Jun 06, 10
Read in October, 2009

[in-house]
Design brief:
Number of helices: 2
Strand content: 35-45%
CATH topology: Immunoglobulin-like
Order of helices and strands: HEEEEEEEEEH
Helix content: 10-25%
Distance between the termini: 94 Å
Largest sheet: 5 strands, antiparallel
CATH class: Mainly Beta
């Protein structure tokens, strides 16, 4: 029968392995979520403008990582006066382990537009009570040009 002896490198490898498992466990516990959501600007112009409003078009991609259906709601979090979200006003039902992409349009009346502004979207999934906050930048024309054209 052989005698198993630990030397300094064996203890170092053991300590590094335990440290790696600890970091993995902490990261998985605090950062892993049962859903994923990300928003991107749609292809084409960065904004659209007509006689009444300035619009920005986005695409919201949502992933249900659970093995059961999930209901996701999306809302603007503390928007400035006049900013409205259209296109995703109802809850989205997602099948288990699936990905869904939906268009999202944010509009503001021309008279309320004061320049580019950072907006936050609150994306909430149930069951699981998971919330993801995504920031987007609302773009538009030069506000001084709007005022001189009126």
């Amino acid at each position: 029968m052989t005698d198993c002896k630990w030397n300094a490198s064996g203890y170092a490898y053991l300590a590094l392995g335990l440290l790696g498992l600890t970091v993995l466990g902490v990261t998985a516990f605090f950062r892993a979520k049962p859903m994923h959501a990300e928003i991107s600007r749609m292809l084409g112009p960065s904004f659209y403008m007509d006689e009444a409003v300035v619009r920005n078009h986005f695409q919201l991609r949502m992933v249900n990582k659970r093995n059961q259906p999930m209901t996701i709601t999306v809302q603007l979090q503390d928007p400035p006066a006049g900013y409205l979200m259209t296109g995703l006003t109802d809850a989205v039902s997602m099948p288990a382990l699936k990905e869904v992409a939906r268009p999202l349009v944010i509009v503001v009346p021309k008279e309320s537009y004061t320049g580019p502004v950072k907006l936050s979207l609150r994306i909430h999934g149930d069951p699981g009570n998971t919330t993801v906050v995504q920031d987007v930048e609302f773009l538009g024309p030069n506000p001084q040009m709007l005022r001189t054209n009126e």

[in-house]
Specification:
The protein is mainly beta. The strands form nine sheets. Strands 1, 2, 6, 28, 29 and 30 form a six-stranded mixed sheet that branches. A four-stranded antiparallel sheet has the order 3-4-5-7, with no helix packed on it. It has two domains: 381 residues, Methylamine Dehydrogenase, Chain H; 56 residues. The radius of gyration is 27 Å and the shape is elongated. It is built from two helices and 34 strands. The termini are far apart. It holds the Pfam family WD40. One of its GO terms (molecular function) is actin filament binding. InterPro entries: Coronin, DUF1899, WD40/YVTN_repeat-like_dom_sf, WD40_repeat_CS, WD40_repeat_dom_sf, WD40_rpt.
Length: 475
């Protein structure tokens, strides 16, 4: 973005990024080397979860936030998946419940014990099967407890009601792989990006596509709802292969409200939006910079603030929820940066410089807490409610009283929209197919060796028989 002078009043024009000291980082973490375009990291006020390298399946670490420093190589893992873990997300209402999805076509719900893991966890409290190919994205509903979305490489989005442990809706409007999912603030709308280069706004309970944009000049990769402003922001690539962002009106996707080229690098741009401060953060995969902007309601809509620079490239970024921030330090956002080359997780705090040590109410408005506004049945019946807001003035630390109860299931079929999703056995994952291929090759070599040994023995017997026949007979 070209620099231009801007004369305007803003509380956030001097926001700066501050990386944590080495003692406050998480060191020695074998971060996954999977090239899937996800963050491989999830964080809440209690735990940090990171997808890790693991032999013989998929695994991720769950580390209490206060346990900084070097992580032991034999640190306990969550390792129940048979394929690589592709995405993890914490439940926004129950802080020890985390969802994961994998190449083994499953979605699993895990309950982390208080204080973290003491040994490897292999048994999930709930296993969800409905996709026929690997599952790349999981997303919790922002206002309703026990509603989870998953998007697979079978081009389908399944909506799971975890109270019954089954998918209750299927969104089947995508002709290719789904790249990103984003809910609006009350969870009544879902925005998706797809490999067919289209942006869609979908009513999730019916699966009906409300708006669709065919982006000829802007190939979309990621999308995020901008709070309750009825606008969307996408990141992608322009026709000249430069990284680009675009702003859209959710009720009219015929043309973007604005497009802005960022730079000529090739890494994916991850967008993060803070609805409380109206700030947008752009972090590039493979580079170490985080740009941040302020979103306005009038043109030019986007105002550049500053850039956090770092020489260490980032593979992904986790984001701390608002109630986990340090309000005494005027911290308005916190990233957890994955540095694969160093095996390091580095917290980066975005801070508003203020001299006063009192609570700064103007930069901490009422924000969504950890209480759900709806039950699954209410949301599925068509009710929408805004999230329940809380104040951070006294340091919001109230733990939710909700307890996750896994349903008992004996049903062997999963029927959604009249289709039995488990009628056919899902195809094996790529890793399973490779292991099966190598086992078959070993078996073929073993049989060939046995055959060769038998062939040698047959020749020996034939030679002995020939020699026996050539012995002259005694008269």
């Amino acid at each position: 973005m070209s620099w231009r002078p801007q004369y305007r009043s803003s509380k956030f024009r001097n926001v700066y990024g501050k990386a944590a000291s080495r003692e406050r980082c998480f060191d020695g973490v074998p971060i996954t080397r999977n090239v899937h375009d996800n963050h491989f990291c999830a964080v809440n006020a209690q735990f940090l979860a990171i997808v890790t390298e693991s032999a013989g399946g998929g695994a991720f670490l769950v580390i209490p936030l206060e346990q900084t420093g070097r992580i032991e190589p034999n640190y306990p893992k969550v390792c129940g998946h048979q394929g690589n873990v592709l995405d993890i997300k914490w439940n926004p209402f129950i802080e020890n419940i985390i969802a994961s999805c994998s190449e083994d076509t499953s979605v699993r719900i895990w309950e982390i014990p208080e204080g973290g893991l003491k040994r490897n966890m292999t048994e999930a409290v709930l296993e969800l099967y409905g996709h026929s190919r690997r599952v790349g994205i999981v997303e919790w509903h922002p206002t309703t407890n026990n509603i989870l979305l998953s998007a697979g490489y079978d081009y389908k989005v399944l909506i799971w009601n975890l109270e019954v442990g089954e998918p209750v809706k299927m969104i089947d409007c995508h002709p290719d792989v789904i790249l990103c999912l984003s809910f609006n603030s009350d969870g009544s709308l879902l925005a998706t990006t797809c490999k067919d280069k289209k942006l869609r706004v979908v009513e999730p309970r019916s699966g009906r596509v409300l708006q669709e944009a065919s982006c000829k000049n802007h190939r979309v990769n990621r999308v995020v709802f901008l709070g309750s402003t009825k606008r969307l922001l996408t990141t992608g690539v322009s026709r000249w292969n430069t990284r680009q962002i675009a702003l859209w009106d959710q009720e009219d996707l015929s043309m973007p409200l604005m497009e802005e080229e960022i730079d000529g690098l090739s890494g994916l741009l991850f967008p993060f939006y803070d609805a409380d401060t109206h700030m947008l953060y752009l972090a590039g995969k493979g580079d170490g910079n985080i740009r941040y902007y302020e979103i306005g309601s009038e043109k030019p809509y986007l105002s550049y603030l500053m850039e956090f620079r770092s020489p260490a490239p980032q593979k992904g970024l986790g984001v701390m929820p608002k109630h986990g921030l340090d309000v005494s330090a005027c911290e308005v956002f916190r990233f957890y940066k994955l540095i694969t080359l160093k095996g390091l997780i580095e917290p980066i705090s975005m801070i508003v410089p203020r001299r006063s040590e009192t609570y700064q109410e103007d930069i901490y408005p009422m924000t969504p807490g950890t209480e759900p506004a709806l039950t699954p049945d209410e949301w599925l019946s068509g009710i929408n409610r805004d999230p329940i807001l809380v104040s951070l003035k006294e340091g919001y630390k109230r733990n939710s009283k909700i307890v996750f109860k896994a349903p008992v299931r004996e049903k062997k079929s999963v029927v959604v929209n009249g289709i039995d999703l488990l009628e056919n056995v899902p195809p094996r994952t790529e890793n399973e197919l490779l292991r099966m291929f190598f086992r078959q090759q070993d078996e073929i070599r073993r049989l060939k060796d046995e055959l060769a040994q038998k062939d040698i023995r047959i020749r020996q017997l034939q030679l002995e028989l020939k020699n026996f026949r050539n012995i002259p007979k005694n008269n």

Our last camping trip gave me a chance to finish up Nudge, a social economics book by Richard H. Thaler and Cass R. Sunstein. The first part of the book lays out the subject of choice architecture and ways that influence can, or even has to be asserted by system designers and policy makers. The authors promote "libertarian paternalism," which seeks desirable results using nudges that largely maintain freedom of choice for participants. The remainder of the work presents numerous examples and ideas for implementing the authors' beliefs. Overall, I liked this book quite a bit. Even though it was not as fun a read as similar styled books, the theories were interesting because they could be applied to endless arenas of life. (Or for that matter, even beyond life, as it left me wanting to write a book that explored their ideas as might be applied to the theological paradox of predestination and free-will.) Also, reading Nudge will open up your eyes to so many ways your life is orchestrated for you no matter how how free you try to be. As you ruminate the meat of the book, you soon find that the roots of their ideas begin to reach into problems, concepts, and even beliefs that you thought settled and jump-start a fresh perspective.